I'd like to bring up an idea that does not seem too difficult to
implement and that should replace the unusuable slider widgets for, say,
brush size. If you are okay with that, I might implement it.
The sliders are virtually useless because they cover a fixed range from
0 to <insert big value here> without any intelligent behaviour. For the
brush size, for example, that means you can at best alter the brush size
in 20px steps with a reasonably big toolbox.
There have been some good suggestions on IRC already, how this could be
handled more intellegently. Coming from another software package which
has, that's at leat my opinion, one of the best interfaces that I've
ever seen, I want to port over one idea which has become quite popular
in contemporary software, that is, using the whole screen for adjusting
Usually, you can start dragging on the textfield (MMB) and drag all the
way over the screen while the size adjusts, if you hit the screen
border, your pointer is reset to the opposite border, so you can
practically keep dragging infinitely.
The problem with that kind of solution is, that it works in particularly
well with *relative* input devices, which are the most used for common
software. In order to achieve a similar intelligent solution for absolut
input devices, we need something else:
The central idea: You must be able to keep dragging infinitely.
The solution: See sketch attached
It looks complicated at first but to use it you don't really have to
understand the technical implementation. For the sake of clarity, a
little on-screen field appears, indicating the mode of operation, but
the principle works equally well without any indicator than the changing
value in the textbox and dragging blindly over the whole screen.
=> Dragging the pointer horizontally will increase or decrease the
=> Dragging the pointer vertically will increase or decrease the amount
by which the value changes when dragging horizontally
In colors above is the mathematical modelation for a quanified grip of
the principle. Notice that h(x) actually indicates the *change* of the
value - not the absolute value itsself.
For the implementation there are a few more details to mind (which, the
user doesn't have to worry about, becaue the operation itsself behaves
-> Which Point in the field will the cursor start in when starting to
-> How is the functional combination of what I called g(y) and h(x)? Is
a linear or non-linear function practical?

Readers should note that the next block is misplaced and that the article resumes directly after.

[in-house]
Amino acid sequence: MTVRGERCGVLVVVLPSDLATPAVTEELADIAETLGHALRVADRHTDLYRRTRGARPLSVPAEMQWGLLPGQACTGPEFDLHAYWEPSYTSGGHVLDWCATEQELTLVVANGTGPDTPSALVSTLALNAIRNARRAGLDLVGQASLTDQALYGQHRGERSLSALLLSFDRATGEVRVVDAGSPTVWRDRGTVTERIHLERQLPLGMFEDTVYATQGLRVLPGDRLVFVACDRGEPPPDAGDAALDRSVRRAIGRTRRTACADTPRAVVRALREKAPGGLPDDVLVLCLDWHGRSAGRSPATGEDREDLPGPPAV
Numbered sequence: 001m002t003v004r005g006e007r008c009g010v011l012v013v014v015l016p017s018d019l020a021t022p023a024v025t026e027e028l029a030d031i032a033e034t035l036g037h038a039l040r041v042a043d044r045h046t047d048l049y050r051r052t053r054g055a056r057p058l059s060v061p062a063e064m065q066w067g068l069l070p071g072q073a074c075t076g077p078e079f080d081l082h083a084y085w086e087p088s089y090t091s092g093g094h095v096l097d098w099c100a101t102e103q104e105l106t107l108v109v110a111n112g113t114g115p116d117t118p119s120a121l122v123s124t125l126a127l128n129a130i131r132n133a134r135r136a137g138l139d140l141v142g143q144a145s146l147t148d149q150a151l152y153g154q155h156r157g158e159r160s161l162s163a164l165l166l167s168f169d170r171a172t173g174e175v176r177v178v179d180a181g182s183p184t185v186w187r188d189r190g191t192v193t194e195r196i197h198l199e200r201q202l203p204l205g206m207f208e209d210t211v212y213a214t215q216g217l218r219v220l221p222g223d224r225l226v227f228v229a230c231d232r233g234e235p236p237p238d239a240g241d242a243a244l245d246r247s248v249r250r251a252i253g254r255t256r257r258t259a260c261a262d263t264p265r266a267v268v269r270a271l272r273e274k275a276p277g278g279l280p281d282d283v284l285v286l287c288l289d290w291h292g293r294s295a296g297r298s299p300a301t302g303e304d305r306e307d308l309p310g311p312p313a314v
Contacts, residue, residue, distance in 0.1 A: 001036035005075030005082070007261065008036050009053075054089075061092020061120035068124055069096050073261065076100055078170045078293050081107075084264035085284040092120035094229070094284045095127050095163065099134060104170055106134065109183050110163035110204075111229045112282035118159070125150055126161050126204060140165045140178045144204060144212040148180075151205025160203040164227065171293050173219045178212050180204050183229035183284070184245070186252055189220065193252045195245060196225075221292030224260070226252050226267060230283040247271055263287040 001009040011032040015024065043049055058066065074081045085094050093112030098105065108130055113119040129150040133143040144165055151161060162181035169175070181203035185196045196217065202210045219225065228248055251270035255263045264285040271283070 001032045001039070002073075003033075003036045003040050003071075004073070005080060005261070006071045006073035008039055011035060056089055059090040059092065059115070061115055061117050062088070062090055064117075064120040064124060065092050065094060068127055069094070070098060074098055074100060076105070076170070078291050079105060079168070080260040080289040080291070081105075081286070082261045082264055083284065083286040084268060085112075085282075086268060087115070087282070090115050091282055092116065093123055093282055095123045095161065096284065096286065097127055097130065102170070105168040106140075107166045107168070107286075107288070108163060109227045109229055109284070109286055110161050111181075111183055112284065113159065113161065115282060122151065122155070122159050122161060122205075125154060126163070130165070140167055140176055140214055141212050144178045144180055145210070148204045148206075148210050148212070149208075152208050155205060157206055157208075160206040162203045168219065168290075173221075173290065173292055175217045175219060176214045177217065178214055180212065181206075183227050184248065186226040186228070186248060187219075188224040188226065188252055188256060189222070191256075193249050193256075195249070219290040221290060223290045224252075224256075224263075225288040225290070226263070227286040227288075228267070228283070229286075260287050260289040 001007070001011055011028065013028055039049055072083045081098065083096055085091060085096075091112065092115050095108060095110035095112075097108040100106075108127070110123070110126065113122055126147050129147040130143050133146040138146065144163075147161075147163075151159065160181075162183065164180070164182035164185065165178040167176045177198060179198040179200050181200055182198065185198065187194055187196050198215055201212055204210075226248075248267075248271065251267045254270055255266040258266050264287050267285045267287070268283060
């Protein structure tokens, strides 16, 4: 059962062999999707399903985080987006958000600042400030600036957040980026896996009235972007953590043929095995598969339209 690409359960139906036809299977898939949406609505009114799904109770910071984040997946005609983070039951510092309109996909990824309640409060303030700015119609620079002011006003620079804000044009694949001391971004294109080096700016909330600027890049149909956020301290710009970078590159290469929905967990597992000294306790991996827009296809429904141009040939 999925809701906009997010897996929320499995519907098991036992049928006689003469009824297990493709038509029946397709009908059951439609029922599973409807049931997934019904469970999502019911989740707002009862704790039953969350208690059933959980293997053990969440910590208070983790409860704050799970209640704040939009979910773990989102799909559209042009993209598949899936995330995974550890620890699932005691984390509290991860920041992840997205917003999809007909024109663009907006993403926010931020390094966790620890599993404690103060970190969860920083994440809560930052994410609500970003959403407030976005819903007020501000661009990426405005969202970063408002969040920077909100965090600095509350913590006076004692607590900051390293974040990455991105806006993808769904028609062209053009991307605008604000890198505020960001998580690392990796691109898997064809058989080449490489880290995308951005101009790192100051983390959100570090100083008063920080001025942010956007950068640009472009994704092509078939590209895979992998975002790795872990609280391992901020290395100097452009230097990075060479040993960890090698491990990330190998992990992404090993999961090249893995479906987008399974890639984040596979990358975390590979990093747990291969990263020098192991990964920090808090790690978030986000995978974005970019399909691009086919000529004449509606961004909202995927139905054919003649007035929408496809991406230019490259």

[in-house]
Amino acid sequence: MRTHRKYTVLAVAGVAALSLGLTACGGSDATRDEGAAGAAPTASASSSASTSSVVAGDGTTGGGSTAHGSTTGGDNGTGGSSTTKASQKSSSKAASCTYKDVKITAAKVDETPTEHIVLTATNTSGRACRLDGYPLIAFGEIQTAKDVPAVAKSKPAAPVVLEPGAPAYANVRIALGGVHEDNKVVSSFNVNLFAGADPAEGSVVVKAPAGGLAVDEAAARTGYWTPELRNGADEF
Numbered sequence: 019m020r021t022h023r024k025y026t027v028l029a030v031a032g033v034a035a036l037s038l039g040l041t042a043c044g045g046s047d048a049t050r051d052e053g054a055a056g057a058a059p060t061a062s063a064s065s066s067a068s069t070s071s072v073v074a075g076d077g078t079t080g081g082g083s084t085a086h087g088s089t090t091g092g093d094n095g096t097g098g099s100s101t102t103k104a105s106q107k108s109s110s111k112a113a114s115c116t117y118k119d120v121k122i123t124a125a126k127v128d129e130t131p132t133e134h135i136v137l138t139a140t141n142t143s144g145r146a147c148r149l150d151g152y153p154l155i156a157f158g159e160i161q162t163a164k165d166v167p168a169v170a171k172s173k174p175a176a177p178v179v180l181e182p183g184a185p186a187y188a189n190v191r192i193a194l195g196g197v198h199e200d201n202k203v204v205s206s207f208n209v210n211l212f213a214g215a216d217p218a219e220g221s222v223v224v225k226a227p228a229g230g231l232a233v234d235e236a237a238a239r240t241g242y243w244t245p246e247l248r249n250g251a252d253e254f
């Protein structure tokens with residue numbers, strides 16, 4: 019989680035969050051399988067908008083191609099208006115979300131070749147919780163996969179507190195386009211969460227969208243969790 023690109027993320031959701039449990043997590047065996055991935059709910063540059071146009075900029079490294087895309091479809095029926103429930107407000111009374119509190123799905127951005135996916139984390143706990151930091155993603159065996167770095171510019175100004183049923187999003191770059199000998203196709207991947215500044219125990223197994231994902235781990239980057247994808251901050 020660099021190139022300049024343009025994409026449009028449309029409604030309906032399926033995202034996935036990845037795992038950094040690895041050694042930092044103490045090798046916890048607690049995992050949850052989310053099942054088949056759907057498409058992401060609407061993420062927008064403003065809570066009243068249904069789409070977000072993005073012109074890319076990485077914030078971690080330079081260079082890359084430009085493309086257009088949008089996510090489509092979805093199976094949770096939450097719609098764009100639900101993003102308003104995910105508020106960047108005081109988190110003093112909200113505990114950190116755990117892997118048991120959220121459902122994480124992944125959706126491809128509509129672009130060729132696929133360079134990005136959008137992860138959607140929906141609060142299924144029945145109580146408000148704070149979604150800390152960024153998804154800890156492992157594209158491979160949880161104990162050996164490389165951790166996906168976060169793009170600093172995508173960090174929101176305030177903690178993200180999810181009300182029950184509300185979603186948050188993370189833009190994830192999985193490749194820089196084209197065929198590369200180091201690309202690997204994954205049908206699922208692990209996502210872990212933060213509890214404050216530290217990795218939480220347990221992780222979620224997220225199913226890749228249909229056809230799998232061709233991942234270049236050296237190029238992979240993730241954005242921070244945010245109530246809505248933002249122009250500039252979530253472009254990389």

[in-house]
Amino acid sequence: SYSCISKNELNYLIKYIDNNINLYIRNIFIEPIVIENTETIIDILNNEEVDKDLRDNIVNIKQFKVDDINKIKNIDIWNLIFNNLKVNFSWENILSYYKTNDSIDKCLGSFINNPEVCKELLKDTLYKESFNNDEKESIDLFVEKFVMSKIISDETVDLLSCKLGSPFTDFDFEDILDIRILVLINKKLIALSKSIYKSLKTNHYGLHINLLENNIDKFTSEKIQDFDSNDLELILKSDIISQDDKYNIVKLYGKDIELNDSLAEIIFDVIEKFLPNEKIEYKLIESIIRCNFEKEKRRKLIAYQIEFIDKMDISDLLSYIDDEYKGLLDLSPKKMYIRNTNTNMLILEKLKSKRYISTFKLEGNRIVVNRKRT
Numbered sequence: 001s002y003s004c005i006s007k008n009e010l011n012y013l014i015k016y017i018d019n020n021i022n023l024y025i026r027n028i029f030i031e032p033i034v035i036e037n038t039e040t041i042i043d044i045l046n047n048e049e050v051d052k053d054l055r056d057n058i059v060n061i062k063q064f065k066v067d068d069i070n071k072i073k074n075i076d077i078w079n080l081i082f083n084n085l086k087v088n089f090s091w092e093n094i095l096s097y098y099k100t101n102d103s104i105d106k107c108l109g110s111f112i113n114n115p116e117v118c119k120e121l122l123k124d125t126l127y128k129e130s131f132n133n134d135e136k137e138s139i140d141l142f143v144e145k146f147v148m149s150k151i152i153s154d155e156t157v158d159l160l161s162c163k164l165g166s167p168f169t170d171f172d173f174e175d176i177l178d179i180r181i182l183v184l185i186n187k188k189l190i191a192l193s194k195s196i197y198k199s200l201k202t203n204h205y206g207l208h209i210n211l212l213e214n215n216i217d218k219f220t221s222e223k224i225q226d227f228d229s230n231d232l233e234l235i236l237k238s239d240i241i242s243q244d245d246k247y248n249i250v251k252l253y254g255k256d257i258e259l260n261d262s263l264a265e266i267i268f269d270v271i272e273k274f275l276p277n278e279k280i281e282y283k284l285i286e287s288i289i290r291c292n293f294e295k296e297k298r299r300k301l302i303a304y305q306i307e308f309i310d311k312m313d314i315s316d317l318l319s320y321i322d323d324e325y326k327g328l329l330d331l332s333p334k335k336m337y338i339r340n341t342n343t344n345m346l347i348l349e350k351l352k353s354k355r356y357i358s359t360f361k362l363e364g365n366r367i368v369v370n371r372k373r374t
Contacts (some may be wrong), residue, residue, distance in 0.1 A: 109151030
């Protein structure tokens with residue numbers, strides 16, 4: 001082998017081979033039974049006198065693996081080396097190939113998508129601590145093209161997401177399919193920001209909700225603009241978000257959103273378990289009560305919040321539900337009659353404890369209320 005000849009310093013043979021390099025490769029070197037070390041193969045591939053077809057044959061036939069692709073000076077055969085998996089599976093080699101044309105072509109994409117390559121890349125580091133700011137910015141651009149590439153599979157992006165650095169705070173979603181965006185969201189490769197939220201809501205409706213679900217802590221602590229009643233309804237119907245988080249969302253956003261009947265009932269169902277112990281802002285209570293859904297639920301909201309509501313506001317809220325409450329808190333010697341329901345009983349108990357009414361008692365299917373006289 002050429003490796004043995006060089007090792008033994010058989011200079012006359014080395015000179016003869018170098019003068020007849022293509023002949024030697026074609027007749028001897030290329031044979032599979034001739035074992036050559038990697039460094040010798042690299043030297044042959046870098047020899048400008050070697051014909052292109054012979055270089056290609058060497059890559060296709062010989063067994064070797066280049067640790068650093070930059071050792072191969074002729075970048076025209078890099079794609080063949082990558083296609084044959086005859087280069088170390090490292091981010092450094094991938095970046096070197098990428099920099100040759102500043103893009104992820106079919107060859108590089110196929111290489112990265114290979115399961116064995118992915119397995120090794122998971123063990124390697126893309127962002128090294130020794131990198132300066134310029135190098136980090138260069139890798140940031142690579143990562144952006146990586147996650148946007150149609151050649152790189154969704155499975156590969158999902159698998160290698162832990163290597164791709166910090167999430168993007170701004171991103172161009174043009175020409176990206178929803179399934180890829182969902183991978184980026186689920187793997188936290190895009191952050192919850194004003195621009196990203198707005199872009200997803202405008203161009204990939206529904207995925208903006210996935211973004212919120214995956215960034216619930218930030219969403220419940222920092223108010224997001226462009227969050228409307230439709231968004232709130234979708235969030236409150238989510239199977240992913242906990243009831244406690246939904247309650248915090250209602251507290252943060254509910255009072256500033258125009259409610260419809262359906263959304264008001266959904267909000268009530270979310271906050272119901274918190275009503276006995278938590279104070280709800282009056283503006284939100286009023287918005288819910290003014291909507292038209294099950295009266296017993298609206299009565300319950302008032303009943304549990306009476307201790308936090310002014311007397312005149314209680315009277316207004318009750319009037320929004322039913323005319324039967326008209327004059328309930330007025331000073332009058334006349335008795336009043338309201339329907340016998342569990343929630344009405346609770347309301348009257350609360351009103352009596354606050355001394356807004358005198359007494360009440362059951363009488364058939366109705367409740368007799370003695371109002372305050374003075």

-> How are g(y) and h(x) scaled in particular - that should be most
likely be decided on a per-use basis.
-> If we choose a non-exponential form for g(y), the value of which
might drop below 0 (and thus invert the behaviour of horizontal
dragging), what should happen if the user drags below the 0-line?
An idea would be that the 0-line shifts accordingly.
-> Same question as above applies to h(x). Here it will most likely make
sense to have the 0-Assymptode shift accordingly as it will me the
most intuitive interaction (for values which per se can't drop below
a specified minimum)
And optional, separate idea: It would be great if the user could change
the specifications above (->) himself in a context menu. But that is
just nice to have.
Mathematical sidenote, if we choose a non linear form for either g(y) or
h(x), the curl of the vector field will increase to the left, hence
rotating at the left has a bigger effect - see examples:
A few examples of (very intuitive) operation:
* Increase a tiny bit: Drag downwards, drag left
* Increase a lot: Drag upwards, drag left
* Increase infinitely: Drag somewhere to the the left, drag circles CCW
* Decrease infinitely: Drag somewhere to the the left, drag circles CW
* Tediously increase very carefully, without limits: Like above, just at
the right instead of the left
The implementation of that is probably less lines than this email is
long. The complete algorithm can run isolated for the widget,
implementing the little overlay which shows navigation instructions is
most likely to be the most difficult thing to do and a piece of cake.
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